The CAL's bass is warm, full, rich, organic, and soft hitting. Not particularly quick, but well integrated with the mids, giving the CAL it's deliciously warm tonality. It's emphasized, but never truly overbearing. One of the best I've heard in terms of ambience, emphasis, and integration.
The CAL has organic, fluid mids. Not incredibly rich or forward, but very well behaved, balanced, and again, expertly integrated. It in all honesty, the CAL puts some of the more expensive headphones to shame. Bassy headphones tend to ruin mids in some form or another. Not so with the CAL. If you like a good amount of bass, and don't want to sacrifice vocals, the CAL makes a WONDERFUL headphone for those purposes. The only real negative aspect to the mids is that the upper mids/lower treble may at times come off just a little thin. Not recessed or lacking, but not as organic and natural.
The treble is probably the weakest aspect of the CAL's sound. Note: I said WEAKEST. Not that it was bad in general. The treble has nice amount of presence and energy. Not particularly aggressive or sharp. It has a good mix of smoothness and sparkle. The lower treble may have just a hint of glare, but it's rarely ever problematic.
In true Fostex fashion, the CAL has a truly impressive soundstage. It is a closed headphone, yet instrument separation and a virtual sense of space this big is just unheard of in most closed headphones, regardless of price range. Sure, it's not going to trump the well known open soundstages of headphones like the DT990, K70x, and X1, but even next to those, the CAL's soundstage will still impress. Not the deepest, or widest, but very good all around.
The CAL has very good positional cues. Positional cues are very well defined, with plenty of virtual space to maneuver. Among the best closed headphones in this regard.
The CAL's clarity if quite impressive, especially considering the price. Despite the CAL leaning on musicality and not neutrality, the warm, bassy nature of the CAL does not detract from it's well presented mids and good treble range. Nothing is ever truly lost, making the CAL a solid gaming headphone if you want clarity without sacrificing musicality and overall enjoyment for the sake of sound-whoring.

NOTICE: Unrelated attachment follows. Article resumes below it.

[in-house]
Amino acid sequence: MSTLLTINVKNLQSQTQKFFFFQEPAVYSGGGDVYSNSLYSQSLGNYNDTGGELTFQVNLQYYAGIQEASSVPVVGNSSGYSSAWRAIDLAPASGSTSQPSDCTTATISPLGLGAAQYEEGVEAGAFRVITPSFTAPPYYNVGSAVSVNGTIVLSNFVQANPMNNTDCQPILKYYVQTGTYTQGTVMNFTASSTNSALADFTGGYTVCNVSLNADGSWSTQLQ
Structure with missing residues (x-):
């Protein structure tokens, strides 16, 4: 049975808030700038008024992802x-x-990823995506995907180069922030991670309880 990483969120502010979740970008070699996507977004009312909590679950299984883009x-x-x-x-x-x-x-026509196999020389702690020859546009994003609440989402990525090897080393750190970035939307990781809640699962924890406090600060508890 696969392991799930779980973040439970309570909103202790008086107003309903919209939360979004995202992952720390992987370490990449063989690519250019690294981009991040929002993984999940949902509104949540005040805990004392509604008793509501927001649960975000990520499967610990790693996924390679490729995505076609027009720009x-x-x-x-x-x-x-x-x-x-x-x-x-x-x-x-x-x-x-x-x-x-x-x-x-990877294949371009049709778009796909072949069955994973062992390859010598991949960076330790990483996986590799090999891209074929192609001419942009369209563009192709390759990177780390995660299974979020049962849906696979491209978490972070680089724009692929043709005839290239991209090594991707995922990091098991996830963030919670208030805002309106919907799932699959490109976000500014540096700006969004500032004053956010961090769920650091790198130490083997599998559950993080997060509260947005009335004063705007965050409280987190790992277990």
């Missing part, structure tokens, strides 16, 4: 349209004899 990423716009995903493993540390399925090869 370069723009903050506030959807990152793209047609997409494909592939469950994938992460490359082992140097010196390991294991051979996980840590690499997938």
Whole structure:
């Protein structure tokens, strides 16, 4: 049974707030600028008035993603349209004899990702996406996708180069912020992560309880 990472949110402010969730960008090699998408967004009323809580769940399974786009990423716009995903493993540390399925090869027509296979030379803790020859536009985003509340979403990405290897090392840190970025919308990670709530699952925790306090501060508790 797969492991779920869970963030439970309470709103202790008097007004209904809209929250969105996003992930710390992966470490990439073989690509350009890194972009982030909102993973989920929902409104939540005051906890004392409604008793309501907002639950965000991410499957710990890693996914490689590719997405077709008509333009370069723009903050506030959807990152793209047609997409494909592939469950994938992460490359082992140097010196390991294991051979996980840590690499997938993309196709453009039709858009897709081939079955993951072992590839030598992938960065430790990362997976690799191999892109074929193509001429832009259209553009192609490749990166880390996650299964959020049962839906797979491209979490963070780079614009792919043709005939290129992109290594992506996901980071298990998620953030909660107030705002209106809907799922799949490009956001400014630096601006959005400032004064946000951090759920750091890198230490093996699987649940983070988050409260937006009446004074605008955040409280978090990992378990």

The Creative Aurvana Live! is an efficient headphone, demanding minimal amping. It benefits more from a clean source, and not so much power. Mixamp owners will have no problem using the Mixamp alone to power the CAL.
At under $100, the Creative Aurvana Live is what I consider to be the epitome of bang for buck headphones. I have compared it directly to other, considerably more expensive headphones, and personally found the CAL to either meet or exceed their performance. If you want an inexpensive, efficient, and fantastic sounding headphone, the CAL is practically begging for your money.
Audio Technica ATH-M50: The CAL/Denon D1001 were always stacked up and compared to the M50 due to a somewhat similar price range and similar strengths/weaknesses. I personally find the CAL and M50 to be on a very comparable performance/technical level, though they aren't exactly similar.
The M50s are more aggressive, while the CAL is more laidback with a better sense of depth and width. The M50 has a sharper, faster attack in the bass and more bite in the treble, making it a bit more dynamic than the CAL, and better suited for faster genres like metal. However, the M50 has a smaller, more congested soundstage, which pales in comparison to the excellent soundstage on the CAL.
Ultimately, this means the CAL is a softer, more relaxed (but never boring), more polite, less fatiguing alternative to the M50. It is also clearly superior to the M50 for gaming due to a bigger soundstage and better positional cues.
The M50 has a much more rugged, durable, build quality, and can stand a bit more abuse than the CAL.
The Creative Aurvana Live! is a not so hidden gem in the headphone community. The secret came out years ago, and with good reason. Fantastic warm tonality, good bass presence, fluid mids, with a truly spacious soundstage, all for an incredibly affordable price. Then one true drawback on the CAL may be that it's comfort level may be good for some, not for others. I believe it's truly worth checking out.
Fun: 8/10 (Great. Full, warm, immersive, and entertaining)